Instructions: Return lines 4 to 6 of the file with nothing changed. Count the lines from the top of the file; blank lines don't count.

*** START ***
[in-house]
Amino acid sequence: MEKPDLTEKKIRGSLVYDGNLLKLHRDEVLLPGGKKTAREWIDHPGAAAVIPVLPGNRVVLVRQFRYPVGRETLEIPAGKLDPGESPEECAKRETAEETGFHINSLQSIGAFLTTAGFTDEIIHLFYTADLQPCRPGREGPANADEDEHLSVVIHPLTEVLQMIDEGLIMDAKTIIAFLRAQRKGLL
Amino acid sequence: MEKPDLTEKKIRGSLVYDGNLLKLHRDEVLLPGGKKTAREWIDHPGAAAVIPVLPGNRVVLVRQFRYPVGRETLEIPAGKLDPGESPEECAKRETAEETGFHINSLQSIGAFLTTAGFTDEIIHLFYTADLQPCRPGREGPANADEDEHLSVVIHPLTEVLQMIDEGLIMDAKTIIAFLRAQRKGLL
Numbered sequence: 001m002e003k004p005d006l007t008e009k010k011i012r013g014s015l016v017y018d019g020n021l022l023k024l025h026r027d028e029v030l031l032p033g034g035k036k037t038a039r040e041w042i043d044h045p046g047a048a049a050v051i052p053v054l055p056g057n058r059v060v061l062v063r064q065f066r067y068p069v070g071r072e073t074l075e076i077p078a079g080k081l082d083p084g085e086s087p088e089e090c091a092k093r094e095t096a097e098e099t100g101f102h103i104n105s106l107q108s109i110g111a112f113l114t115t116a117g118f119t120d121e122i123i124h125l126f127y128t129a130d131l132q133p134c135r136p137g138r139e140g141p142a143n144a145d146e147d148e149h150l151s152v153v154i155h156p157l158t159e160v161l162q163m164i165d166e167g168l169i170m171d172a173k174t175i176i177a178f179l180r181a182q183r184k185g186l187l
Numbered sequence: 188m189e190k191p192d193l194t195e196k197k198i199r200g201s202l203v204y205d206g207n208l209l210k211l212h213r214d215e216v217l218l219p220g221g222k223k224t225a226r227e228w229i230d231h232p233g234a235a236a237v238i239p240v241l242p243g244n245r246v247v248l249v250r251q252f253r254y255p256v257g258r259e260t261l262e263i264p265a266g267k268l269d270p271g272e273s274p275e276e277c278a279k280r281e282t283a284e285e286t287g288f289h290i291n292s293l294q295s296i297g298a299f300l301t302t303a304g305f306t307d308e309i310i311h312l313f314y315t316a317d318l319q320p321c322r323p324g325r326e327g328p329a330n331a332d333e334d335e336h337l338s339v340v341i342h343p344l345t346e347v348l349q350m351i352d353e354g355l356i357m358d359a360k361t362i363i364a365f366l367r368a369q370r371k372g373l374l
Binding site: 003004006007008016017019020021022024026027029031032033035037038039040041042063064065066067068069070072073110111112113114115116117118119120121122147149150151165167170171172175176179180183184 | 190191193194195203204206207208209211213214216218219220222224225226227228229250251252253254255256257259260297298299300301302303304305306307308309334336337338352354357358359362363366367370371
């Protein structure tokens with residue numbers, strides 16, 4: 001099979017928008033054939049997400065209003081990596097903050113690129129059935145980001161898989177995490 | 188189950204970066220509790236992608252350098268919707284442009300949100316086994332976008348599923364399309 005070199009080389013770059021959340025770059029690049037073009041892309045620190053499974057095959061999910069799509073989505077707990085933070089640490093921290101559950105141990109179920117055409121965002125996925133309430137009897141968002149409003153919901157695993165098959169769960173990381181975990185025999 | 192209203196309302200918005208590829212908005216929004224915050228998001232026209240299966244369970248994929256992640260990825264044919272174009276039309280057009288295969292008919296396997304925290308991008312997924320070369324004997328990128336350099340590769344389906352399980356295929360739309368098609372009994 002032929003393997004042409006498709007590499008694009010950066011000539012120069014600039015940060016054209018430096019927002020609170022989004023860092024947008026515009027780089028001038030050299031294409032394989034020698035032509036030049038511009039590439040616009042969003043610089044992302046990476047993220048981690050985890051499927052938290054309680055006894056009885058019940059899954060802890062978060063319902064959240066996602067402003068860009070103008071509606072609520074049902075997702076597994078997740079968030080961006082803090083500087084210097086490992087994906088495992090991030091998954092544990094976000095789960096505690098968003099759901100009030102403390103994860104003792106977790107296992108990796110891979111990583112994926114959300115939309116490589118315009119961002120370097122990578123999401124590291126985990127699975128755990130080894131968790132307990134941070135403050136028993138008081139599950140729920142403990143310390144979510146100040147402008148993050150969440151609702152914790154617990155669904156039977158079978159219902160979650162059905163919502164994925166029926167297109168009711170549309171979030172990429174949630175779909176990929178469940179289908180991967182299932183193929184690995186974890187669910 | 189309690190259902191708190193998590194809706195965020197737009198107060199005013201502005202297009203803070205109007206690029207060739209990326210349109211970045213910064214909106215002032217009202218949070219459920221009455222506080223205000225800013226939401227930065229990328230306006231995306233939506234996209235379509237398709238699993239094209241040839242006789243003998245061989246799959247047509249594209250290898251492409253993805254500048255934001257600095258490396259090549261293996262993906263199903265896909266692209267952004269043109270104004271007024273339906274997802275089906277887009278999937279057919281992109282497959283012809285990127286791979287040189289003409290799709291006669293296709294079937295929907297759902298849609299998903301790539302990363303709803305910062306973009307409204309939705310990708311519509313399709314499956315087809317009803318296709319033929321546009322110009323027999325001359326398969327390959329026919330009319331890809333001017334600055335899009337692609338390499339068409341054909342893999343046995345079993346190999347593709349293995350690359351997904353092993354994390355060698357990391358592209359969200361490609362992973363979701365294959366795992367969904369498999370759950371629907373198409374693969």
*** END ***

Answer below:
Numbered sequence: 001m002e003k004p005d006l007t008e009k010k011i012r013g014s015l016v017y018d019g020n021l022l023k024l025h026r027d028e029v030l031l032p033g034g035k036k037t038a039r040e041w042i043d044h045p046g047a048a049a050v051i052p053v054l055p056g057n058r059v060v061l062v063r064q065f066r067y068p069v070g071r072e073t074l075e076i077p078a079g080k081l082d083p084g085e086s087p088e089e090c091a092k093r094e095t096a097e098e099t100g101f102h103i104n105s106l107q108s109i110g111a112f113l114t115t116a117g118f119t120d121e122i123i124h125l126f127y128t129a130d131l132q133p134c135r136p137g138r139e140g141p142a143n144a145d146e147d148e149h150l151s152v153v154i155h156p157l158t159e160v161l162q163m164i165d166e167g168l169i170m171d172a173k174t175i176i177a178f179l180r181a182q183r184k185g186l187l
Numbered sequence: 188m189e190k191p192d193l194t195e196k197k198i199r200g201s202l203v204y205d206g207n208l209l210k211l212h213r214d215e216v217l218l219p220g221g222k223k224t225a226r227e228w229i230d231h232p233g234a235a236a237v238i239p240v241l242p243g244n245r246v247v248l249v250r251q252f253r254y255p256v257g258r259e260t261l262e263i264p265a266g267k268l269d270p271g272e273s274p275e276e277c278a279k280r281e282t283a284e285e286t287g288f289h290i291n292s293l294q295s296i297g298a299f300l301t302t303a304g305f306t307d308e309i310i311h312l313f314y315t316a317d318l319q320p321c322r323p324g325r326e327g328p329a330n331a332d333e334d335e336h337l338s339v340v341i342h343p344l345t346e347v348l349q350m351i352d353e354g355l356i357m358d359a360k361t362i363i364a365f366l367r368a369q370r371k372g373l374l
Binding site: 003004006007008016017019020021022024026027029031032033035037038039040041042063064065066067068069070072073110111112113114115116117118119120121122147149150151165167170171172175176179180183184 | 190191193194195203204206207208209211213214216218219220222224225226227228229250251252253254255256257259260297298299300301302303304305306307308309334336337338352354357358359362363366367370371